Direkli Cave Excavation Site

Direkli Cave Excavation Site

The Direkli Cave is 72 kilometers west of Kahramanmaraş's city center on the Döngel Distrıct. The discovery of a Mother Goddess statue during excavation in 2009, bestows it with the name 'Direkli' as this civilization once lived on Anatolia.

The Paleolithic Layer produces many important items, including blade-knives made of flint; piercers; pencils; scrapers and cores. One of the most significant finds is meat from animals living during the Upper Pleistocene. Geologists identify these bones as being from herbivores such as ox, deer, pigs, and beavers as well as rodents like bears or dogs.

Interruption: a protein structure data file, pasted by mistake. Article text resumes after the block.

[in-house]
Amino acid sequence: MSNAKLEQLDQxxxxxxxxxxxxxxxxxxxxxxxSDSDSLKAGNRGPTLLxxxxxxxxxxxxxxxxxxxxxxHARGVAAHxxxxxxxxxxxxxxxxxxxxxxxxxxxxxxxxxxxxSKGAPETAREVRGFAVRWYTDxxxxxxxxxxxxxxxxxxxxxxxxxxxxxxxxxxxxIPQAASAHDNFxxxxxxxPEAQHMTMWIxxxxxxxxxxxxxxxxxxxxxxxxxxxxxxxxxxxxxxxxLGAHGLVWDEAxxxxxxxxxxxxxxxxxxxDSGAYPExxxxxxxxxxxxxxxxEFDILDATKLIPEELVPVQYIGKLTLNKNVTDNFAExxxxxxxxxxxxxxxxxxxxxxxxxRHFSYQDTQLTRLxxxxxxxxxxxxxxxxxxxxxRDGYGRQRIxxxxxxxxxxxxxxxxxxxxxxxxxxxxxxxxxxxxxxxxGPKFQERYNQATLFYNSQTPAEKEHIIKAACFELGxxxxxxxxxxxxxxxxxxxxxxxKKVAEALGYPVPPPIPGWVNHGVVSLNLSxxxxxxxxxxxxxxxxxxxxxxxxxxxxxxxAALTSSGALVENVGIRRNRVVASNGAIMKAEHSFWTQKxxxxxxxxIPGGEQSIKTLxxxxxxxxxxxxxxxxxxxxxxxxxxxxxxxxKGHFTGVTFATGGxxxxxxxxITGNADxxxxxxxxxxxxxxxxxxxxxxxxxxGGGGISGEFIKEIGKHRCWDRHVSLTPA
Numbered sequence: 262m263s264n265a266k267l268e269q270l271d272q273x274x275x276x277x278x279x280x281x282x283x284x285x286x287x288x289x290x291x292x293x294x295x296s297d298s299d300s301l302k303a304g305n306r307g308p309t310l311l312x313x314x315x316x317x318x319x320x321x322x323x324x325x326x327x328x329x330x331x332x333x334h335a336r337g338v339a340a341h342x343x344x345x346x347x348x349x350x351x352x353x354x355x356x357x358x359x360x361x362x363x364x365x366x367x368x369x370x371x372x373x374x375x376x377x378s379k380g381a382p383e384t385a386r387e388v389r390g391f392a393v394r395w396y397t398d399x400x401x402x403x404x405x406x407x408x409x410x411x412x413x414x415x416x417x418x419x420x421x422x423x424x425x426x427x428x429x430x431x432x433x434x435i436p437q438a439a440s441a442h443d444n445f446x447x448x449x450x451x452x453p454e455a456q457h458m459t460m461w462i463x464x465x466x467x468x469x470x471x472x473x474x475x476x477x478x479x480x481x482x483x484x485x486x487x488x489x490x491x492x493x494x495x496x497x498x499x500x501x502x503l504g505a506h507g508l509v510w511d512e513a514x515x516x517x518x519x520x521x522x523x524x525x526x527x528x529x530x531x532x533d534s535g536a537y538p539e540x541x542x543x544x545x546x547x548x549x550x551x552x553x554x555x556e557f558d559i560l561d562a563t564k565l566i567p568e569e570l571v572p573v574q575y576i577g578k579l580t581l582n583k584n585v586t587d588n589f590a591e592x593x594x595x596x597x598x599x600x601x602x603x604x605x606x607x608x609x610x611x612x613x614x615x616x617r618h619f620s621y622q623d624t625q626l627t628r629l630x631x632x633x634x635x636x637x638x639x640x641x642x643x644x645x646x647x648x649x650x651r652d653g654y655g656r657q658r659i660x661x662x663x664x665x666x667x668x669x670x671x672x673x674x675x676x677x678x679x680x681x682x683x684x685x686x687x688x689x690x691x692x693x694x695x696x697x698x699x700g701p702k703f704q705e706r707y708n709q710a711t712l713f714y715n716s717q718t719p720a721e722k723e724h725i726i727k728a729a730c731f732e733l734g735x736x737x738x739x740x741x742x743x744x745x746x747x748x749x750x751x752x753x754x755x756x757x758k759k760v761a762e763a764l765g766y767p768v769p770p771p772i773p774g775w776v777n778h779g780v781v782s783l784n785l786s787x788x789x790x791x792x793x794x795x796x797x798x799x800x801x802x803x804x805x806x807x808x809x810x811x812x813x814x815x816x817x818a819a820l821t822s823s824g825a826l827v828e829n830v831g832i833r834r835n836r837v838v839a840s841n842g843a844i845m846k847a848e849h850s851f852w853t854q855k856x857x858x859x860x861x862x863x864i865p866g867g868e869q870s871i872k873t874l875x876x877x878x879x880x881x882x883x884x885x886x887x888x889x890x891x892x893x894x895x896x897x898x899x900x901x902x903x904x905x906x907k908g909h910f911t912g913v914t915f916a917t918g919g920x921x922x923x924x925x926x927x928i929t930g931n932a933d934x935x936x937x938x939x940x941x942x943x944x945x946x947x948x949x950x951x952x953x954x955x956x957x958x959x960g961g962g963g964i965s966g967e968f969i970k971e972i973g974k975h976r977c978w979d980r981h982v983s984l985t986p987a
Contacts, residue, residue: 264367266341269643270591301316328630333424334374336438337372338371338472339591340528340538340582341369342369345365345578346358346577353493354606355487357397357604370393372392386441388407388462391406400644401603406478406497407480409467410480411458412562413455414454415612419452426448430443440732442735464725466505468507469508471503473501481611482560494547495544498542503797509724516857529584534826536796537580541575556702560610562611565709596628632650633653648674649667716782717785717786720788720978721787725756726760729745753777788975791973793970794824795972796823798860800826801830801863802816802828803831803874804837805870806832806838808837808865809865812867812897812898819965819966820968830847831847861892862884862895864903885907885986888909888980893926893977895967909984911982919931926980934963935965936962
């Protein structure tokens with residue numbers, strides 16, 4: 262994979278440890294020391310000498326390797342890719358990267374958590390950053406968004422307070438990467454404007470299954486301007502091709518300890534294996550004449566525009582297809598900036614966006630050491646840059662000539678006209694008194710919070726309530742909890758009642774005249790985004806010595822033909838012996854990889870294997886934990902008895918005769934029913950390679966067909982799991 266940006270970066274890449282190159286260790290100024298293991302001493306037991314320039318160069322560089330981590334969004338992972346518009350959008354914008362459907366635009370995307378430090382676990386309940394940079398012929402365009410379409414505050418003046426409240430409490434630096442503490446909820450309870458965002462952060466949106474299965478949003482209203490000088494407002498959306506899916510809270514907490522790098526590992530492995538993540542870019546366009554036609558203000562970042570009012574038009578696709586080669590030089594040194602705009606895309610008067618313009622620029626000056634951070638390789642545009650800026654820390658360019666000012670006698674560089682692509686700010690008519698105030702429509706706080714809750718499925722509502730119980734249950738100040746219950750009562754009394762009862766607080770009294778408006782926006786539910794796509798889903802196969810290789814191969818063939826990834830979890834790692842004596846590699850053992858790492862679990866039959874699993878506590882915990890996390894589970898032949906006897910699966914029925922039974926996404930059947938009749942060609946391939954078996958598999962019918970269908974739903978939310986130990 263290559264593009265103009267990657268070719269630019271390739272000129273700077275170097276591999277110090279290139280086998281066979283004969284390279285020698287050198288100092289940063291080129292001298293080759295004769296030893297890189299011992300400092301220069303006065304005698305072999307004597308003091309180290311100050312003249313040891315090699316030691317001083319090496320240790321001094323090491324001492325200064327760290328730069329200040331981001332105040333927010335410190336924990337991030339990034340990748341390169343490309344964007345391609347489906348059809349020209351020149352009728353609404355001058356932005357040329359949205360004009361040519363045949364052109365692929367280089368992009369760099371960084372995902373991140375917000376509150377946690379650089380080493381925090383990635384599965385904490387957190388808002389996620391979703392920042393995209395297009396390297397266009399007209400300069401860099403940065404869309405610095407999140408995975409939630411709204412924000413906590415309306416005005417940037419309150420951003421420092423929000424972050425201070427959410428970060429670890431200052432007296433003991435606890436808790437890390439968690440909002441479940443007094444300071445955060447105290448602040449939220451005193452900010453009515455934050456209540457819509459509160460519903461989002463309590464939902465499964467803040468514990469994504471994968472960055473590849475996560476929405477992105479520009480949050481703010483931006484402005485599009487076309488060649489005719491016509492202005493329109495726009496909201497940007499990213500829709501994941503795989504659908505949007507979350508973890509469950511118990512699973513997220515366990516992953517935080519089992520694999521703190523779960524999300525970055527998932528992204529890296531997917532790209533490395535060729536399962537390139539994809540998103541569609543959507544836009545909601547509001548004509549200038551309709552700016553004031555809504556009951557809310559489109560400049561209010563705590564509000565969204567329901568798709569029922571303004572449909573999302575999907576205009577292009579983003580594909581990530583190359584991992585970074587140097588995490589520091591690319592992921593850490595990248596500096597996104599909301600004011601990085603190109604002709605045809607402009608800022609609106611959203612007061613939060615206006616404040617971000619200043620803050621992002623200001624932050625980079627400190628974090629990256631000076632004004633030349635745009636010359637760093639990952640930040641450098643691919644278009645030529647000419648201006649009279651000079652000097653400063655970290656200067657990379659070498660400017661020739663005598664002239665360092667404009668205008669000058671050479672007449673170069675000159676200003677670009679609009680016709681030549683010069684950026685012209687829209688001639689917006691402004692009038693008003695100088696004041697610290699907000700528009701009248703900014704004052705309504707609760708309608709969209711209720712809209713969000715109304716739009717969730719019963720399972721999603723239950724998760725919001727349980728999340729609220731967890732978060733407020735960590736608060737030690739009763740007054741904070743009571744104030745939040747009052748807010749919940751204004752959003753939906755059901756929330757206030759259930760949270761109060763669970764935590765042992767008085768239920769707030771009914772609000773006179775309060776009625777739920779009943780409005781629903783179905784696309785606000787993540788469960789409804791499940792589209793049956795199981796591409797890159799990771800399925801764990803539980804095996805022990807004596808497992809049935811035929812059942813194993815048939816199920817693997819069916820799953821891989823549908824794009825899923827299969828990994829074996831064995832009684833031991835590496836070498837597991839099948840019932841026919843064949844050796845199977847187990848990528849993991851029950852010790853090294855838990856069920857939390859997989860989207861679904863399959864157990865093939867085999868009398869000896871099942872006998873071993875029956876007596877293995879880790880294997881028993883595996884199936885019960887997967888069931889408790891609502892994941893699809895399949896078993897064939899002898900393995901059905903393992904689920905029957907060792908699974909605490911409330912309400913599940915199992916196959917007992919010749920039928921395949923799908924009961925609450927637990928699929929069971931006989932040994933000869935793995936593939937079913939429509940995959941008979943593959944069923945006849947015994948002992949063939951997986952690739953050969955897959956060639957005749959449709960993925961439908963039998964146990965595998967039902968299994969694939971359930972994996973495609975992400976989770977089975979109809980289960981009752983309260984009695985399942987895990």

Until now, 'Venus' style statues were only found in Europe. For the first time an example specimen was discovered in Near Eastern and Anatolian regions. This discovery dated the history of civilization through which Venus style statues could be traced back 5,000 years, between 16,000 and 12,000 BC.

The statue in the cave found in Direkli is about 3 cm tall and may be the earliest goddess to worship. The significance of this finding is that it shows humans had begun worshipping a Mother Goddess in Anatolia during Neolithic times, around 7000 BC.